Gladstone Gallery is pleased to present an exhibition of works on paper by Keith Haring, made between 1978 and 1982. The show includes small and large-scale ink drawings from Haring's early career, works that feature some of his most iconic imagery. Detailing the years between Haring’s arrival in New York as a student at the School of Visual Arts and the development of his studio practice, this exhibition traces the evolution of Haring’s visual language and style, inspired by both the architecture and cultural environment of New York City.
A prolific artist known for his animated figures and pop-graffiti aesthetic, Haring was an integral part of the avant-garde downtown culture of New York in the 1980s. Using easily accessible imagery, Haring explored complex themes founded on culturally subversive attitudes toward sexuality, gender, religion, and politics to engage viewers in a dialogue about issues often not broadly discussed. Drawing on the graphic style of such artists as Pierre Alechinsky and Jean Dubuffet, Haring developed a dynamic mark-making technique that characterized much of his practice. During this early period, Haring became interested in exploring geometric forms and patterns, most notably the simplicity of the line, which became a foundational aspect of his work.
The works included in this exhibition were all featured in “Keith Haring 1978 – 1982,” an exhibition co-organized by the Contemporary Arts Center, Cincinnati and the Kunsthalle Wien, Vienna. The exhibition originated at the Kunsthalle Wien in 2010, and traveled to the Contemporary Arts Center in 2011 and The Brooklyn Museum, New York in 2012.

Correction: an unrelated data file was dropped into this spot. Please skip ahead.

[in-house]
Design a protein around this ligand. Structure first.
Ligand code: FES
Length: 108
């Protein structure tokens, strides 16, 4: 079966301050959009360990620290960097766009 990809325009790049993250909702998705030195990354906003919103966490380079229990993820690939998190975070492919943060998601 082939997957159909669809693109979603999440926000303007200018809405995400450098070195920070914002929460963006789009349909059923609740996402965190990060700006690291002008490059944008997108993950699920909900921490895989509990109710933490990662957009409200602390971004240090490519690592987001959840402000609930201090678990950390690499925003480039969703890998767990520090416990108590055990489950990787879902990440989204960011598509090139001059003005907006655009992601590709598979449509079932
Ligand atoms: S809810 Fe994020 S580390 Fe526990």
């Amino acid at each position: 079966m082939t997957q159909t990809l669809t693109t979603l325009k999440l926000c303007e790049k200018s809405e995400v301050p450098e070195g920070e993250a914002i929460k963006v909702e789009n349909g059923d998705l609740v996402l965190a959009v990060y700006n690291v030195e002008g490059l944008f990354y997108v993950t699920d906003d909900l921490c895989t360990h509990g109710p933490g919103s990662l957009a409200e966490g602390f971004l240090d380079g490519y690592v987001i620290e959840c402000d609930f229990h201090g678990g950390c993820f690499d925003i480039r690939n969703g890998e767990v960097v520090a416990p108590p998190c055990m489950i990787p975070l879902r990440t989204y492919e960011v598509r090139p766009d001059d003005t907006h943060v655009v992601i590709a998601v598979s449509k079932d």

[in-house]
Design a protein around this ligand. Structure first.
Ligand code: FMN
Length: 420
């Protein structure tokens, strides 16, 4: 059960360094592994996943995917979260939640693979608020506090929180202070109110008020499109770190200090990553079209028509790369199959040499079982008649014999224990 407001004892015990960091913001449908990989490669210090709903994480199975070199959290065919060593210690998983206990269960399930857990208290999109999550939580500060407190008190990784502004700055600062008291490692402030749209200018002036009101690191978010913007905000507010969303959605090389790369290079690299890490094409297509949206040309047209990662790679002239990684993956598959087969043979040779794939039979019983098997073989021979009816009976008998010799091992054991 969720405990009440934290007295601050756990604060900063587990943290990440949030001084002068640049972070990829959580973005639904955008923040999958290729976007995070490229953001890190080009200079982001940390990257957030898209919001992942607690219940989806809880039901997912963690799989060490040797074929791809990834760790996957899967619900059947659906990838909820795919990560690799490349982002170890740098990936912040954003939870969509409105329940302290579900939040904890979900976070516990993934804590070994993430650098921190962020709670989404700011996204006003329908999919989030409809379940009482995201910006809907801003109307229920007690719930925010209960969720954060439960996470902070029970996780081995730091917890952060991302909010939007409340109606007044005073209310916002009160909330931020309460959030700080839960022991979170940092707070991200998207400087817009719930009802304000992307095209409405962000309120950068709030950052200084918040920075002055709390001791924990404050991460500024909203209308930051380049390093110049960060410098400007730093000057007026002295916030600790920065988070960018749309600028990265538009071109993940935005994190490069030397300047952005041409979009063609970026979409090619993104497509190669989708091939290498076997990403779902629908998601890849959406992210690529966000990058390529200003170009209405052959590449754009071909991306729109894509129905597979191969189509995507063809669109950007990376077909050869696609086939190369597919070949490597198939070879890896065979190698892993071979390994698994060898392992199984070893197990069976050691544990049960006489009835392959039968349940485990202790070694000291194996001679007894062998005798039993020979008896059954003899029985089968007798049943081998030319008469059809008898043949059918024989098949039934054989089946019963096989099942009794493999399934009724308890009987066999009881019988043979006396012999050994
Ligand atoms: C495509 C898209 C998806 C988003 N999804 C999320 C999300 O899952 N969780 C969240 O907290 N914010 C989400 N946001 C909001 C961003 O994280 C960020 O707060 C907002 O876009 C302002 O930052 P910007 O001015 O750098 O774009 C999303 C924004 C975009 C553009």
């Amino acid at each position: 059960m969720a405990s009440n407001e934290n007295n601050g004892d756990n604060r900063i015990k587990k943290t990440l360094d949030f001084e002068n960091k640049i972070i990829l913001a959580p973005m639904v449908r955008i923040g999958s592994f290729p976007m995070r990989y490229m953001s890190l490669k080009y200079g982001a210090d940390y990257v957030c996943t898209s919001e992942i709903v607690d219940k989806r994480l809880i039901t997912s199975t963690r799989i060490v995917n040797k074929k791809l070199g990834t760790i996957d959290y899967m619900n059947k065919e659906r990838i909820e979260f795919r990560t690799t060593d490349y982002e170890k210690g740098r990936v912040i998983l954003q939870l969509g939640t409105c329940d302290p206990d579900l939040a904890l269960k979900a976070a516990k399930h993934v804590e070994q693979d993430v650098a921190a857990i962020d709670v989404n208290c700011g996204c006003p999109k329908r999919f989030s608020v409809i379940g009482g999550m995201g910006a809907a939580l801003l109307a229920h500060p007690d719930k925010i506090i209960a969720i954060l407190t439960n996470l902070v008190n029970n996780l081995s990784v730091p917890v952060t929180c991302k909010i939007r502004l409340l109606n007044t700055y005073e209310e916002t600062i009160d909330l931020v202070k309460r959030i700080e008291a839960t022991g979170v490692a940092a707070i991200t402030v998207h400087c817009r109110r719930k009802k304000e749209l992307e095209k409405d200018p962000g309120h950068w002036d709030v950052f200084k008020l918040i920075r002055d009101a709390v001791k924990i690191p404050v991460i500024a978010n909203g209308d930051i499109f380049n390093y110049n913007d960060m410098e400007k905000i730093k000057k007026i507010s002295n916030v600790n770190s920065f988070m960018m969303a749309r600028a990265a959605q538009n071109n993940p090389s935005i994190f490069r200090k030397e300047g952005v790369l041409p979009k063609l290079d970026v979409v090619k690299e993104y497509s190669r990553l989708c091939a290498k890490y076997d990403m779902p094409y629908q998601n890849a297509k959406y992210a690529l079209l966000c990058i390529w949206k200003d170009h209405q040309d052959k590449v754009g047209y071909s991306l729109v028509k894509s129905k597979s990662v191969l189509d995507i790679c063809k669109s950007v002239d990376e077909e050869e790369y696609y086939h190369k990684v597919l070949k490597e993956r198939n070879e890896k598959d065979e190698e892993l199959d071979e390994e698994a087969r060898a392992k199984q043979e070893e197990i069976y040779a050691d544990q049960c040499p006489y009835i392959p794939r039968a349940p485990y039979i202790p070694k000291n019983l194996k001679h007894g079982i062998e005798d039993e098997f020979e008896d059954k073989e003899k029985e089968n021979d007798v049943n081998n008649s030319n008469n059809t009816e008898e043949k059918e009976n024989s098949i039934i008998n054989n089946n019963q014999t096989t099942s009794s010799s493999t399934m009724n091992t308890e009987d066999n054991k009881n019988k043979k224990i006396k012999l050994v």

Keith Haring was born on May 4, 1958 in Reading, Pennsylvania and died at the age of thirty-one of AIDS-related illnesses in New York City. Since his death, his work has been the subject of several national and international museum retrospectives. Beginning this April, Haring’s work will be featured in a major retrospective at the Musee d’Art Moderne de la Ville de Paris, curated by Dieter Buchhart. In addition, his work is in major private and public collections, including, The Museum of Modern Art, New York; The Whitney Museum of American Art, New York; Los Angeles County Museum of Art; The Art Institute of Chicago; The Bass Museum, Miami; Centre Georges Pompidou, Paris; Ludwig Museum, Cologne; and Stedelijk Museum, Amsterdam.